Planting forests could cool the Earth’s atmosphere more than previously thought, a study from Princeton University has suggested.
“We show that if one considers that clouds tend to form more frequently over forested areas, then planting trees over large areas is advantageous and should be done for climate purposes,” professor Amilcare Porporato said in a statement.
Some scientists have thought that planting forests in midlatitude areas such as North America or Europe could make the planet hotter. Forests absorb a lot of the sun’s radiation because forested surfaces reflect small amounts of sunlight. In tropical areas, the low reflection of sunlight is offset by taking up more carbon dioxide through the dense vegetation.
But in more temperate areas, concerns have been expressed that the “sun’s trapped heat could counteract any cooling effect forests would provide by removing carbon dioxide from the atmosphere”, according to Princeton University researchers. But a new study at the institution has found that this line of thinking could be missing what clouds add to the equation.
In the peer-reviewed journal Proceedings of the National Academy of Sciences, the researchers report that the cloudier skies often found over forested areas means that reforestation could lead to cooler temperatures to a larger extent than previously thought.
“The main thing is that nobody has known whether planting trees at midlatitudes is good or bad because of the albedo problem,” Dr Porporato said.
Albedo is a term used to refer to the ability of a surface to reflect sunlight.
Clouds have a high albedo, similar to that of snow or ice, and can have brief cooling effects on the Earth as they block the sun. But Dr Porporato noted that clouds have been difficult to study, leading to their exclusion from many studies of natural measures to fight the climate crisis, such as planting new forests.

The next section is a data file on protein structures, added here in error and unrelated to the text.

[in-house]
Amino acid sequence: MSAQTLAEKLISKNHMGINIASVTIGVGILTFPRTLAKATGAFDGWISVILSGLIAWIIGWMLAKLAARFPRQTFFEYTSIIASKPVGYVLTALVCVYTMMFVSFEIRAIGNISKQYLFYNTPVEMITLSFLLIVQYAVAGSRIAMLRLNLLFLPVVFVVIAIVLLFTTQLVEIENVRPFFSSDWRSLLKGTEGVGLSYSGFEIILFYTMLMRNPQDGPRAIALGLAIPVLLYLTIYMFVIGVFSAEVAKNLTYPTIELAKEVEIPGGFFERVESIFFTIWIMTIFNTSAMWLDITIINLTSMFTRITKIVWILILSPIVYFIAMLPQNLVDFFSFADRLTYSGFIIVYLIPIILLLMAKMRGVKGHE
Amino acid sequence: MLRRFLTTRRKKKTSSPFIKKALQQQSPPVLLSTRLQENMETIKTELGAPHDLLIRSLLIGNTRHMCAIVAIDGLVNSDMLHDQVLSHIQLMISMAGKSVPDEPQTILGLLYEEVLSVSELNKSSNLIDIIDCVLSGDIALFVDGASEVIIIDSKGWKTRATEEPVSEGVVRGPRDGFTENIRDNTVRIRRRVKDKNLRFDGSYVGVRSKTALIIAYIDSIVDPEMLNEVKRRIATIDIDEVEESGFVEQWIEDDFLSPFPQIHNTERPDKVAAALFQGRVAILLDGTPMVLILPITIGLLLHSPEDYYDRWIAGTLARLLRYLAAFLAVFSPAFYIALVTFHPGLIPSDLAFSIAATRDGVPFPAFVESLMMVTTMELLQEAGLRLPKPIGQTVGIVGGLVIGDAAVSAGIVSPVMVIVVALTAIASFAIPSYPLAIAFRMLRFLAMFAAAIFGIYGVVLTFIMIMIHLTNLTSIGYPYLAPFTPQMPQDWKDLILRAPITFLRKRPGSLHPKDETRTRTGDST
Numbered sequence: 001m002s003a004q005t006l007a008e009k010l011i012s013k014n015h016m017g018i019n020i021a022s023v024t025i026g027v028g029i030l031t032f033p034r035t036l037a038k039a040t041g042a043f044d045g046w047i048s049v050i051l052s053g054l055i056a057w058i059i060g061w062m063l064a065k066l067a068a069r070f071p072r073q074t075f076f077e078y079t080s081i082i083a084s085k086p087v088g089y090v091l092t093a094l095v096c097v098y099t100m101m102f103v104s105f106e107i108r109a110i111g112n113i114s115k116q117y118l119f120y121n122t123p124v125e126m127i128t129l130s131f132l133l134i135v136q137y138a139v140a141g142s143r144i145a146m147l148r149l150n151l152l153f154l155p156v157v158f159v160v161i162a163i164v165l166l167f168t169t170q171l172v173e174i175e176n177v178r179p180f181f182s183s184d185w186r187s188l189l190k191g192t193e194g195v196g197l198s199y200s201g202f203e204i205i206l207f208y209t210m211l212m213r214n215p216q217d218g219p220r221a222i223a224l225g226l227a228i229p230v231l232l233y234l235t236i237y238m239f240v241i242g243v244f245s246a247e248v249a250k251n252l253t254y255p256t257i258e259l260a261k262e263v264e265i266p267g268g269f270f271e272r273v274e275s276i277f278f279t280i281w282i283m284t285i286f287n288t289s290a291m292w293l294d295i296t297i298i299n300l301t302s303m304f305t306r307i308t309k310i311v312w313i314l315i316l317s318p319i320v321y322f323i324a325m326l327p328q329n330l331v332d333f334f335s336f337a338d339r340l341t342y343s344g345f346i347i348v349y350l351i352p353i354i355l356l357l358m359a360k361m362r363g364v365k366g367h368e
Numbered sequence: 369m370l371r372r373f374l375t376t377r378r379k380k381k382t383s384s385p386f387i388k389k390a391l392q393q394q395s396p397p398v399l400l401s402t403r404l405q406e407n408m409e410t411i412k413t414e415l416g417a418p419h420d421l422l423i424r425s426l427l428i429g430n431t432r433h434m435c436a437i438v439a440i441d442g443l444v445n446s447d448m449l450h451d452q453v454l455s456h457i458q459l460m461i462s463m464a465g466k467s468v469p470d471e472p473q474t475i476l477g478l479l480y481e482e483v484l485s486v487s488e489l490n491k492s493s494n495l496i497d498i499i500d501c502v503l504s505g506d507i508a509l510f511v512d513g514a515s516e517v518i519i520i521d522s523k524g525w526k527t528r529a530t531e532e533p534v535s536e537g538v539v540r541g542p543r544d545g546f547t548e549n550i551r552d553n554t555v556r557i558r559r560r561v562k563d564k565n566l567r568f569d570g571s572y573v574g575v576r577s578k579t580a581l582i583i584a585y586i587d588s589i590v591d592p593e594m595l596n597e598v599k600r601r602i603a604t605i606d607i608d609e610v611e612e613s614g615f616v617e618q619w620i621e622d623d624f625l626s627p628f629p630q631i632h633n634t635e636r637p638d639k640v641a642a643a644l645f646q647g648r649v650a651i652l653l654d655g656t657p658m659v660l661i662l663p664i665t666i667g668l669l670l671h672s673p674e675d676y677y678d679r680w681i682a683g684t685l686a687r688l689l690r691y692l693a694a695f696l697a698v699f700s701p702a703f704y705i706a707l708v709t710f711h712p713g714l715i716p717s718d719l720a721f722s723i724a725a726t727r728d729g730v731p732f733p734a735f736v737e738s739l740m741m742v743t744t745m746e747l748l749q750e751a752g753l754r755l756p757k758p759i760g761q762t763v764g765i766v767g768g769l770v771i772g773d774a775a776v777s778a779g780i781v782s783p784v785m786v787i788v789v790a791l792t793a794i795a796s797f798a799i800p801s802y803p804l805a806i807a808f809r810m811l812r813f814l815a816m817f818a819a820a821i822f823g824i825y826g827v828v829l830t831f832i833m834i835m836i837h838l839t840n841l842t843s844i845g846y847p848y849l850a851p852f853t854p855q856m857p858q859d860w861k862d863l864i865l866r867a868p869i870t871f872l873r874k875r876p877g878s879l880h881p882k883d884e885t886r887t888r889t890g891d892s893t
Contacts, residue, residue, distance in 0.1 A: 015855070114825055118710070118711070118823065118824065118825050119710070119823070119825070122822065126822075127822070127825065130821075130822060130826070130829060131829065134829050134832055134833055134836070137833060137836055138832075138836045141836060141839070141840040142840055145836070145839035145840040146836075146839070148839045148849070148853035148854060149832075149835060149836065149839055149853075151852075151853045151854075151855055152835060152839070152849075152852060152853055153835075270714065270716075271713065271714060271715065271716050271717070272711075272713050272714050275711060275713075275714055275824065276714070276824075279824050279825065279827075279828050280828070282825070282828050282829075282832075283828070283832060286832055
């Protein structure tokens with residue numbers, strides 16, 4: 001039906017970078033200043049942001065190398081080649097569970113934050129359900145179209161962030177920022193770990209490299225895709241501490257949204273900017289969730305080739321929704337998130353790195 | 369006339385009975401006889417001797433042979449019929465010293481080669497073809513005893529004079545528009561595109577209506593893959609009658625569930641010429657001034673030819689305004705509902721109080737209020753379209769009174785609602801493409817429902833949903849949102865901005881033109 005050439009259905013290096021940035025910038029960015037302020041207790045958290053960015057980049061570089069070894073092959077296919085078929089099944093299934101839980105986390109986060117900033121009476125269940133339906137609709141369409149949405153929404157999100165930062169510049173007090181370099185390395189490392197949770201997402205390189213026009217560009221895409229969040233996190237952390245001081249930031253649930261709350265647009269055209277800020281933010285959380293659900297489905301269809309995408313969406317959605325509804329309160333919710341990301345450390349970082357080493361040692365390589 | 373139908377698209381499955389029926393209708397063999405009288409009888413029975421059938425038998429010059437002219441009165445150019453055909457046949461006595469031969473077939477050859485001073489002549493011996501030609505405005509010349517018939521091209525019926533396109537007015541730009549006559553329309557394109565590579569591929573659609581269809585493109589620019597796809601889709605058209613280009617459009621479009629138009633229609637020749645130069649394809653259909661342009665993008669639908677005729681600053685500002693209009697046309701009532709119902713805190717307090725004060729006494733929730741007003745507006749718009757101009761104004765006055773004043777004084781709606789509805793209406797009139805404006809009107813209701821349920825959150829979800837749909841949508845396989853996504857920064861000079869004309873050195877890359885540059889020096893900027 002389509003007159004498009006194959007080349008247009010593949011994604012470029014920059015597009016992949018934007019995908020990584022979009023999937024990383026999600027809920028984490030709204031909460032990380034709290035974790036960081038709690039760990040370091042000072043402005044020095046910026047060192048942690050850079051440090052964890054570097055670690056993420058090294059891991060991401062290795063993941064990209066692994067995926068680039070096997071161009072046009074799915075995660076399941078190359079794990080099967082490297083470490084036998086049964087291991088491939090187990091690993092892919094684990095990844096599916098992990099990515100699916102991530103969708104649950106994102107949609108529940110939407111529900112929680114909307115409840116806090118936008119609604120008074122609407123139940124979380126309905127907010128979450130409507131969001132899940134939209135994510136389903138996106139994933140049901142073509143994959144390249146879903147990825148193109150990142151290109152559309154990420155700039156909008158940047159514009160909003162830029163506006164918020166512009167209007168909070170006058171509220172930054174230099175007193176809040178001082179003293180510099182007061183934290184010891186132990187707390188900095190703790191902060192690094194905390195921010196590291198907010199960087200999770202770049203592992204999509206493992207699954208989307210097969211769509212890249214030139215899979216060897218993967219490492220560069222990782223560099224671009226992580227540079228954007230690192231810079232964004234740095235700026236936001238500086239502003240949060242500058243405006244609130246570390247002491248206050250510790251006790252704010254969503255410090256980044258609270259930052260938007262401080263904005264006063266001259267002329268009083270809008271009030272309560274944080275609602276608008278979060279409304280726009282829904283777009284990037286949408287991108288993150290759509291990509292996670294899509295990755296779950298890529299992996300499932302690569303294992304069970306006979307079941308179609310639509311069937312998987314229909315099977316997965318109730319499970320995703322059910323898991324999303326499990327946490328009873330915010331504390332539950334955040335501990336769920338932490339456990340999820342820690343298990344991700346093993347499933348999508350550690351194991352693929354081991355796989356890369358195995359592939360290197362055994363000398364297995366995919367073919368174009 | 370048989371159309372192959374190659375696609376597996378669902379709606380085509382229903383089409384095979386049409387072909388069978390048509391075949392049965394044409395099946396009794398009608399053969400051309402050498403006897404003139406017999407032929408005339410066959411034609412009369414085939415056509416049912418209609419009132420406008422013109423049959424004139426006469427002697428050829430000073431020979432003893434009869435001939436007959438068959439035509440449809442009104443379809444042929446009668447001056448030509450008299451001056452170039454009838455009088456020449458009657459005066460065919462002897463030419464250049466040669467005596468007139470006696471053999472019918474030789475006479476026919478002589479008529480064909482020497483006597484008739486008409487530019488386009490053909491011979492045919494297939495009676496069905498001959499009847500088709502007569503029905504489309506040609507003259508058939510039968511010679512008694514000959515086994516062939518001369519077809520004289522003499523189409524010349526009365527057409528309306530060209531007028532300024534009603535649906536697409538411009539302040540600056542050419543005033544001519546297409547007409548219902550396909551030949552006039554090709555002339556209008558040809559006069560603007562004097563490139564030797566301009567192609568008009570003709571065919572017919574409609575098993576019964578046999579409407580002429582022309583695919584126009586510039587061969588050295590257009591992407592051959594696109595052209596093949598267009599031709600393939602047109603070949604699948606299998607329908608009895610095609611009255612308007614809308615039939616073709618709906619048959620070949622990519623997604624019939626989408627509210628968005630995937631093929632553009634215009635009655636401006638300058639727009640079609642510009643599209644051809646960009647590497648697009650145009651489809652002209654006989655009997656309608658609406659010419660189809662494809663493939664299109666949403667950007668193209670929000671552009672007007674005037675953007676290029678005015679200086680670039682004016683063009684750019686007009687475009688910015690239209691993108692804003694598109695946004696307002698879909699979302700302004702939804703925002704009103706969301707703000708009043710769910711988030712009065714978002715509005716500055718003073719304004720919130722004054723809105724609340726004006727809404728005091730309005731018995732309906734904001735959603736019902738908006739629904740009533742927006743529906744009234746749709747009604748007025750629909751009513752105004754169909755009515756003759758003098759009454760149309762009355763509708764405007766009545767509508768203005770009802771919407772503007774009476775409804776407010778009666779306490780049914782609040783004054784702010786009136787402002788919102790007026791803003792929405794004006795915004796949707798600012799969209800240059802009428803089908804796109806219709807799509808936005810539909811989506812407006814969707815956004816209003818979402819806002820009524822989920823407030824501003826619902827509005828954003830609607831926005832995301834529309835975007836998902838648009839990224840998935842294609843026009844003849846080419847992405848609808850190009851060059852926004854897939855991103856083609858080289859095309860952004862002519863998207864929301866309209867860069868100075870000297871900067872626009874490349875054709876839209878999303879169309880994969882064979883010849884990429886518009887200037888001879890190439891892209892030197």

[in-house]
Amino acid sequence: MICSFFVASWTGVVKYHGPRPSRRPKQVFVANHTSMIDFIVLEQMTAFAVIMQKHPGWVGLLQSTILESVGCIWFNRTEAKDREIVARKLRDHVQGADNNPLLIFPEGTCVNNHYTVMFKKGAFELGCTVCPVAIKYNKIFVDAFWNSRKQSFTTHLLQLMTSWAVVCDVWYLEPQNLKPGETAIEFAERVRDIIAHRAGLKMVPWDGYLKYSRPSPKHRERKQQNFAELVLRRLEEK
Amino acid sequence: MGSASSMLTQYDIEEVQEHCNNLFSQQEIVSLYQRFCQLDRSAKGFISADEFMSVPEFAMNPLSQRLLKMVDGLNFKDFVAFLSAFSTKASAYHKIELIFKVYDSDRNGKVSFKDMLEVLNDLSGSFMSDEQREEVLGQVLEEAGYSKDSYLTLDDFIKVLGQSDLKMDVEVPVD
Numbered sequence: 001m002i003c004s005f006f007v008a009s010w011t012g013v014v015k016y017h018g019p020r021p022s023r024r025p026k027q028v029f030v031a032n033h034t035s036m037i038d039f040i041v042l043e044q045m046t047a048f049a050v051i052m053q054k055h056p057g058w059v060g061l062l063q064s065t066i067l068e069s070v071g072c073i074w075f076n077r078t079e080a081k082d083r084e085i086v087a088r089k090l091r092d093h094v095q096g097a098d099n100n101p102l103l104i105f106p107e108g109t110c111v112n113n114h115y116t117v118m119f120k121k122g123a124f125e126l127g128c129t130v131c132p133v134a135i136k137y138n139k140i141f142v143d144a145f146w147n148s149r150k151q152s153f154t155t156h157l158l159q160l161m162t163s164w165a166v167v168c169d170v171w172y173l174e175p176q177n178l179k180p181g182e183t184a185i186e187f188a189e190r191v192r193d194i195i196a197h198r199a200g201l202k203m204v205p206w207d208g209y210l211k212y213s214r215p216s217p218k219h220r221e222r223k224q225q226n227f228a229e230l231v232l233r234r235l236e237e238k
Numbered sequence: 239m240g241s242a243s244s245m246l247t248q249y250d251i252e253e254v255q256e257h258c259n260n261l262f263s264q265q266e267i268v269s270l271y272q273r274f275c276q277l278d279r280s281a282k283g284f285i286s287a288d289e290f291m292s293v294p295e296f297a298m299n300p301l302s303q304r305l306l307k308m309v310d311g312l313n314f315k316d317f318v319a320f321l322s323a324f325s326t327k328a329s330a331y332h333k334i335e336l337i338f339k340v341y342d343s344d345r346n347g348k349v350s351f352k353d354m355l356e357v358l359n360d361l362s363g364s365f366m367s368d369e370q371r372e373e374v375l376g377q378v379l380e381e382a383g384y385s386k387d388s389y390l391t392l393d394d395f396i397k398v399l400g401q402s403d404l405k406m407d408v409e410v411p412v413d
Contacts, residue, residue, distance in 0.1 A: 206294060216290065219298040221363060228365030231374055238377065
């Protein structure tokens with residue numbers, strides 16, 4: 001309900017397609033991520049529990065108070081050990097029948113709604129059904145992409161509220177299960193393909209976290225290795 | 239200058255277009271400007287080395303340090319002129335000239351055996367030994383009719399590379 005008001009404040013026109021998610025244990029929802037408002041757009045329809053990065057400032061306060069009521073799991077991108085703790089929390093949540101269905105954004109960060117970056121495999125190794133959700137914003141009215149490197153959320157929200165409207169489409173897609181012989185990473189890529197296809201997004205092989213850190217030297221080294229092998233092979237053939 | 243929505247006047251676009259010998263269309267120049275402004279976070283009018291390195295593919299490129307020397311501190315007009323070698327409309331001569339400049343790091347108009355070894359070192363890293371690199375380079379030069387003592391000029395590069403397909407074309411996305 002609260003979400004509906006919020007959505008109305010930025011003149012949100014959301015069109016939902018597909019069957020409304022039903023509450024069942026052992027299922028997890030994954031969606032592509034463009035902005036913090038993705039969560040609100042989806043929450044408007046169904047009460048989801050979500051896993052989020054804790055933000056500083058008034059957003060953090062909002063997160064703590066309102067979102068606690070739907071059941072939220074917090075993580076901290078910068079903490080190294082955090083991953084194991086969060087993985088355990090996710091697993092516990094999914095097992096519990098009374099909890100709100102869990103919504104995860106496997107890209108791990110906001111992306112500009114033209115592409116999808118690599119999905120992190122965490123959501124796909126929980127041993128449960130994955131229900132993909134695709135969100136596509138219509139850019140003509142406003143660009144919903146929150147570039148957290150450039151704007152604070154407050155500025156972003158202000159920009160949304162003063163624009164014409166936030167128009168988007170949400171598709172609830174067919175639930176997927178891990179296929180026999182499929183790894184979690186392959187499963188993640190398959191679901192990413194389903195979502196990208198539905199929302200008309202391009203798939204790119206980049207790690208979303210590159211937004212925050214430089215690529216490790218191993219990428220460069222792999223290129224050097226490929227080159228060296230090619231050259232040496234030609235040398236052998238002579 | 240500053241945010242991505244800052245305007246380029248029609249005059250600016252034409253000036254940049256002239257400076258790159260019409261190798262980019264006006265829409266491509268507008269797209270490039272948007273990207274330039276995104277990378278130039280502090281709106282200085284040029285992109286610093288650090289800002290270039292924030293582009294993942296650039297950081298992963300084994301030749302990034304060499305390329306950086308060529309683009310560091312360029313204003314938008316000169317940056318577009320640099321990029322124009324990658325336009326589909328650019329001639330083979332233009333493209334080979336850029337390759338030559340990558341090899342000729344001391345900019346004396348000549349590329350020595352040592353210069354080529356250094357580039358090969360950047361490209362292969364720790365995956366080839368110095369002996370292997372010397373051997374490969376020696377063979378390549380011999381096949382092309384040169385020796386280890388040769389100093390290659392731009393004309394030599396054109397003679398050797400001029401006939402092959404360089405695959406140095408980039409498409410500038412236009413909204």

The researchers found that in the areas they studied, clouds had a cooling effect, along with removing carbon from the atmosphere – a practice that is known as carbon sequestration – that outweighed the solar radiation that forests absorbed.
According to the International Union for Conservation of Nature, around “2.6 billion tonnes of carbon dioxide, one-third of the CO2 released from burning fossil fuels, is absorbed by forests every year”.
Models created by the researchers showed that forested areas were cloudier than grasslands and other areas with short vegetation and that the increase of cloudy weather had a cooling effect on the atmosphere as they reflect radiation away from the planet.
“The eastern United States or southeastern China are well-suited to reforestation” and afforestation – the practice of planting forests in areas that previously were bare – but are also suitable for farming, the university said.
“We can’t just consider climate change, but must also consider other factors, such as biodiversity and the fact that land is also needed for food production,” Princeton engineering graduate student Sara Cerasoli said in a statement. “Future studies should continue to consider the role of clouds, but should focus on more specific regions and take their economies into account.”
“The first thing is to not make things worse,” Dr Porporato added. “So many things are connected in the earth system. The nature of interactions between, for example, the water cycle and climate mean that if you change one thing, it’s very difficult to predict how other parts of the system will be affected.”
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